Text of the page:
[name=Olivia J] [description=I am not your average beauty blogger. Blogging since 2009. Editor of The Unknown Beauty Blog -- Read by the Intelligent! Uncredited, copied, and Plagiarized by the Idiots!] [img=https://lh3.googleusercontent.com/-lQjJcRIw170/V1OXLv8leSI/AAAAAAAAeLE/6w7gg1uTmFEATqiSoBsIJ8_FH45ZUM84QCCo/s500/Olivia%25252520Denim.jpg]

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Why Can't My Eyeliner Look Like Joan Holloway Harris?

*Post originally written by Olivia J on The Unknown Beauty Blog.*

In my last tutorial on Into the Palette, I explain the technique of winged eyeliner.  Every time I include this eyeliner look, I am asked a couple of questions about this.  Readers begin to wonder what the difference is between what is done most of the time by many and what is done in the posts.

I should have done this post with my eyeliner series which starts here but really didn't have the brain function to explain it in an understandable way.  This time, I will try to describe it as simple as I can.

For more about winged eyeliner, check out this look.

Ever since the show Mad Men started, there has been this obsession with the winged eyeliner look.  And, thanks to the beautiful Christina Hendricks who plays Joan so well, this eyeliner has become iconic again.  The basis of this look has never really gone away; it has become more of a staple in creating an illusion of lift for the eyes.  However, when done differently the result can usually be, "Why can't my eyeliner look like Joan?"  I know many of you sit back and stare at yourself in the mirror and just say to yourself, "Just doesn't look right."

In the first set of pictures I assume this is how people start.  In the dark orange, I show the progression of what or how the wing would start.  The basic assumption is to start the wing right at the end of the outer lashline.  The dot represents this and you can see it from the different angle of the eyes.  You continue the line the way the arrow points because that is how your eye reasons with your brain.  And you end up with something like the last picture (which is only a representation).  A simple curve or a flick at the end is the general assumption because that is how your eyes and brain comprehend the look.  Let me just state that I am not saying that this is wrong at all.  In fact, it is more for the editorial and fashion look.  This will be more artistic and work for some, especially if your eyes are still in that perky stage.  Once that perky stage ends; that wing ends up looking like a crow's claw which emphasizes the crow's feet.  Therefore, I am putting a big red "X" in these pictures so you ignore this method at the moment.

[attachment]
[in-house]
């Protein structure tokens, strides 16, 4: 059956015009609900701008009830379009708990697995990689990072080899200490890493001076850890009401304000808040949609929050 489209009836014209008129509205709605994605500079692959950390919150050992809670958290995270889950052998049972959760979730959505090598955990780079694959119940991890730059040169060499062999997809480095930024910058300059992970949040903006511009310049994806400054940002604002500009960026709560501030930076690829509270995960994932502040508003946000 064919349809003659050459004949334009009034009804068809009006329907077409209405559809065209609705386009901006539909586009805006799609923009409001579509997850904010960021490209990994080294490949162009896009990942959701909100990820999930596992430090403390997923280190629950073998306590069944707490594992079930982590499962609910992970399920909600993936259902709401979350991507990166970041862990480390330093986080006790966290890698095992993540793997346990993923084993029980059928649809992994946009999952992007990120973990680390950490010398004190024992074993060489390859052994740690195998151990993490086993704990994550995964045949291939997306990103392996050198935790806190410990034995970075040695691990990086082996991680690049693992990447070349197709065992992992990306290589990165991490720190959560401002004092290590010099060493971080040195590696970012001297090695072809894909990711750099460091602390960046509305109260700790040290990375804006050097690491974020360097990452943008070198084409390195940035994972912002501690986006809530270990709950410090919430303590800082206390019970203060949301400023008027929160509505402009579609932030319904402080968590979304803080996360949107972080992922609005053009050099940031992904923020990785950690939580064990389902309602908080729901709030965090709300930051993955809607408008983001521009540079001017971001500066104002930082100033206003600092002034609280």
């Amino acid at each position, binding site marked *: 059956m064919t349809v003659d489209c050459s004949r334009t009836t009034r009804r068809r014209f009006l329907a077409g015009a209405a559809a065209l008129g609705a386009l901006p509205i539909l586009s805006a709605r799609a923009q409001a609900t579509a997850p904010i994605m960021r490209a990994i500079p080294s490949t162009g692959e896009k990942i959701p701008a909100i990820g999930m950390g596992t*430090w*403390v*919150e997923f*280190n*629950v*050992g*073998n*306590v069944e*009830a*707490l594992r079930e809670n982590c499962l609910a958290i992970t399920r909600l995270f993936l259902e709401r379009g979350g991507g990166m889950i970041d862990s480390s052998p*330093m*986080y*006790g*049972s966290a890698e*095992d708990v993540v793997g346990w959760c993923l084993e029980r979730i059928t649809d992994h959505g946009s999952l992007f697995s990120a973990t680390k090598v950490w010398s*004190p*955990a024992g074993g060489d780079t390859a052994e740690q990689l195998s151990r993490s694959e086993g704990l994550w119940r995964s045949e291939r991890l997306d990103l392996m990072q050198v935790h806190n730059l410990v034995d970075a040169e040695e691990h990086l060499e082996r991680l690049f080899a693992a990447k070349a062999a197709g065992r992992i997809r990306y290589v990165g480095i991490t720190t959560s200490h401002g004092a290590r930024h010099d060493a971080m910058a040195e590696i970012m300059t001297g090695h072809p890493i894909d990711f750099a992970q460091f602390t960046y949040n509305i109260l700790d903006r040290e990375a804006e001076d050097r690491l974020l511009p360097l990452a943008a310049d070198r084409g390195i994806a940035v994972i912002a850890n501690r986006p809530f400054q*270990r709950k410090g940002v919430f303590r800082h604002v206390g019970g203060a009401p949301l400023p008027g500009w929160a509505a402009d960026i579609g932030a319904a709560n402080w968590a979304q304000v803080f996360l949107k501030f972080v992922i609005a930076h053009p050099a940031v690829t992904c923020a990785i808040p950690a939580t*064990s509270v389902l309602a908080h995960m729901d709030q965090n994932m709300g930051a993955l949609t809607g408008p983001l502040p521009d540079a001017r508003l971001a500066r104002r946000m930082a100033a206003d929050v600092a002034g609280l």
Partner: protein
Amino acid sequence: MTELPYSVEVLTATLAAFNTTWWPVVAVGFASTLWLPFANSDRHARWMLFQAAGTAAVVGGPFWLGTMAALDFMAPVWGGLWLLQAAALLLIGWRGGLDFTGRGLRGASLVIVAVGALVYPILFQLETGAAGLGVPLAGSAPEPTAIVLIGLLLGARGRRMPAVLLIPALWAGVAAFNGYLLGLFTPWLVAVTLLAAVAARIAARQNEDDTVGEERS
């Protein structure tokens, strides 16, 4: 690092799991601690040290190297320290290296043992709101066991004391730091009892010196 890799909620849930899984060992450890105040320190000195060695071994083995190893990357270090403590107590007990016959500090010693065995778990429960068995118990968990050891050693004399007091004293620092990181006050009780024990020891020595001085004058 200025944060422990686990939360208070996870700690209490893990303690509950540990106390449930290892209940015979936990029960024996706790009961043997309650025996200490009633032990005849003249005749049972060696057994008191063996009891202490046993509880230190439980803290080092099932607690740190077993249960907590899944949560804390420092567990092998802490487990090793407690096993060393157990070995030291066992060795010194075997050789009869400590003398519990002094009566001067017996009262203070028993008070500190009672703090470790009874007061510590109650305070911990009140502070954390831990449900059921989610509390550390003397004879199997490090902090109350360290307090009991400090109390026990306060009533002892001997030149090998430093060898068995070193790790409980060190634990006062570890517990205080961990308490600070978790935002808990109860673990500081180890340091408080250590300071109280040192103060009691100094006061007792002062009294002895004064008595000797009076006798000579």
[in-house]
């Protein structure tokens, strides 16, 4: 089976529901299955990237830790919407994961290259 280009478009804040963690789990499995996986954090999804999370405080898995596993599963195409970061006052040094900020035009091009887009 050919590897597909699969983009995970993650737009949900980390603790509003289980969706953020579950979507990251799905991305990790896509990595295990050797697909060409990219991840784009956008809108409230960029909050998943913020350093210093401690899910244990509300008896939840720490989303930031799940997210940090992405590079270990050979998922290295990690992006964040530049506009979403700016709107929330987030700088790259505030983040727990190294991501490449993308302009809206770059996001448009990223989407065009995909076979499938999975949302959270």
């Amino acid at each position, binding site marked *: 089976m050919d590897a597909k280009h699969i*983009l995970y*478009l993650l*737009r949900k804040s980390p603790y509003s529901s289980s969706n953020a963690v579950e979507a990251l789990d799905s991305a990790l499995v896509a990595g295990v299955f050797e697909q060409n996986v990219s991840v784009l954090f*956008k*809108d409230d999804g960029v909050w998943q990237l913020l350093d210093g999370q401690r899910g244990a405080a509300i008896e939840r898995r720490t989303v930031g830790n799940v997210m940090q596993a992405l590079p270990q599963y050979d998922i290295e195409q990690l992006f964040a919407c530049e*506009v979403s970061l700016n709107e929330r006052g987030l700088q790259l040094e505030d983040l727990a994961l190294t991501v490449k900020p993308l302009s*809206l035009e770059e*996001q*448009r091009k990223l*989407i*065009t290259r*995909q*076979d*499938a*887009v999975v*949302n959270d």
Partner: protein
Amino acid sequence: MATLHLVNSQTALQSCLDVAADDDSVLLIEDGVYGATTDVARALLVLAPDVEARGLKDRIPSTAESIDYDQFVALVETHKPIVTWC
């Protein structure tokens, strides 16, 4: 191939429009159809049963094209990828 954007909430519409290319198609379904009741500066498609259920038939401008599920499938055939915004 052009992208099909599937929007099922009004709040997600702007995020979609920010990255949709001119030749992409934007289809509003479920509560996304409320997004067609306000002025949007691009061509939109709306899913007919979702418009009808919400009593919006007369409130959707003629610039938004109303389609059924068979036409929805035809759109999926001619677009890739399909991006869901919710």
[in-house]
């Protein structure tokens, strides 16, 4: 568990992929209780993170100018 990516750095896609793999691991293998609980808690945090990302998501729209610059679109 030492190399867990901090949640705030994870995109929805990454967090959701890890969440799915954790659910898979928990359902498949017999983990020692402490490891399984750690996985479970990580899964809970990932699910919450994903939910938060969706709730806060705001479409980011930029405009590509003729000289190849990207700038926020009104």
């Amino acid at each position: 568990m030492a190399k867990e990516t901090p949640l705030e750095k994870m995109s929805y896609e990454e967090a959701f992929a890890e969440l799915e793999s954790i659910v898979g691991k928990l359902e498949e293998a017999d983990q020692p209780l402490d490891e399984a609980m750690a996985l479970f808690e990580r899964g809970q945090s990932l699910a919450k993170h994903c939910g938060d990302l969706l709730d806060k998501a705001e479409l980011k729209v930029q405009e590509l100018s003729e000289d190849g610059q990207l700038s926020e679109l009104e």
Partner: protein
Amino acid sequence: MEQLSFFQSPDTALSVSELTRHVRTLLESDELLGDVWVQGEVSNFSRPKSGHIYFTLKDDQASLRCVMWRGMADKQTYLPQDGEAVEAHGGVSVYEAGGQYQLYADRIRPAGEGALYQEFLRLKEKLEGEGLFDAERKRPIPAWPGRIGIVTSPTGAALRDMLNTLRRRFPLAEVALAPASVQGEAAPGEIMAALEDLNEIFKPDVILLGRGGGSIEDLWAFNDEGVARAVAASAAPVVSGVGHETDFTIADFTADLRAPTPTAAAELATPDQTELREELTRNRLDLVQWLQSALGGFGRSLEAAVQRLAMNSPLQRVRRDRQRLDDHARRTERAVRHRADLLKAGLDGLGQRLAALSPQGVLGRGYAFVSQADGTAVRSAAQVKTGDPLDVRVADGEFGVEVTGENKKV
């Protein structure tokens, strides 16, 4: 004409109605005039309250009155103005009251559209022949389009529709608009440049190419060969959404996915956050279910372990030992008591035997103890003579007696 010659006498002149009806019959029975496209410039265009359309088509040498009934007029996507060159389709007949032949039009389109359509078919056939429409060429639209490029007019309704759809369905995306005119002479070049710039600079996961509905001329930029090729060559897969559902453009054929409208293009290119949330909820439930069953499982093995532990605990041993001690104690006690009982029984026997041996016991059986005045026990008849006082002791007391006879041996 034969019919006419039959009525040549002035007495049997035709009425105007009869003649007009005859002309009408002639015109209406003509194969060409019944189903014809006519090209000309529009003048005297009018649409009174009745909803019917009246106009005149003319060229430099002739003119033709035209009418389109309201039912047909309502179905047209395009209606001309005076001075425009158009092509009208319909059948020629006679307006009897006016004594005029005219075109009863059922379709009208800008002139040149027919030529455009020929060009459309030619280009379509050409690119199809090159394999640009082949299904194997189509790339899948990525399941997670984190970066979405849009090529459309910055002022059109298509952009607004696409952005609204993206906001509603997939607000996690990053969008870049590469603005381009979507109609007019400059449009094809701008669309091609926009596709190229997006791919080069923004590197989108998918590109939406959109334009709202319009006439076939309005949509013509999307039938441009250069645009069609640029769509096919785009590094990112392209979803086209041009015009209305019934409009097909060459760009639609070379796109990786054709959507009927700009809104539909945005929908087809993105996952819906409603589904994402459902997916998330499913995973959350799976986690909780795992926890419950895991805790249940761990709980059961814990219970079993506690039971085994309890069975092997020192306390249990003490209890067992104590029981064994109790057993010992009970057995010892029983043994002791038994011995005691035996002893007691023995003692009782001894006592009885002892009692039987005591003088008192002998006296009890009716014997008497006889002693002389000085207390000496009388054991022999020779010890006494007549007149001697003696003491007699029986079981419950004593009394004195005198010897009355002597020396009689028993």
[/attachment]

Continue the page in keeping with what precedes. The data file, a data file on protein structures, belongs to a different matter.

So, is winged eyeliner only for the young? No, in fact, the technique is more for the mature eyes since it creates the illusion of lift to the eye area.  See in the first two pictures the area marked in pink?  That is the area that pretty much is the side of your lid.  This part is important because it creates the illusion of the wing.  The wing (in yellow) can be as high or as low but it is created and goes in the direction from the inner part of that pink line shown in the last two pictures.  The wing stays on the lid.  There are exceptions, but the direction of the wing pretty much follows one of the three areas for an ageless appearance to lift the eyes.


See the pictures of Joan's eyes?  See how they are on the lid?


Now, let's compare.  See the difference in the placement of the arrows?


Again, I am not saying either one is wrong.  I am just saying that after a certain age, make up is no longer just products to play with.  They become a tool to create illusions to better one's natural beauty.  And, I think everyone wants that bit of magic in their life.


Special thanks to Brelki again!




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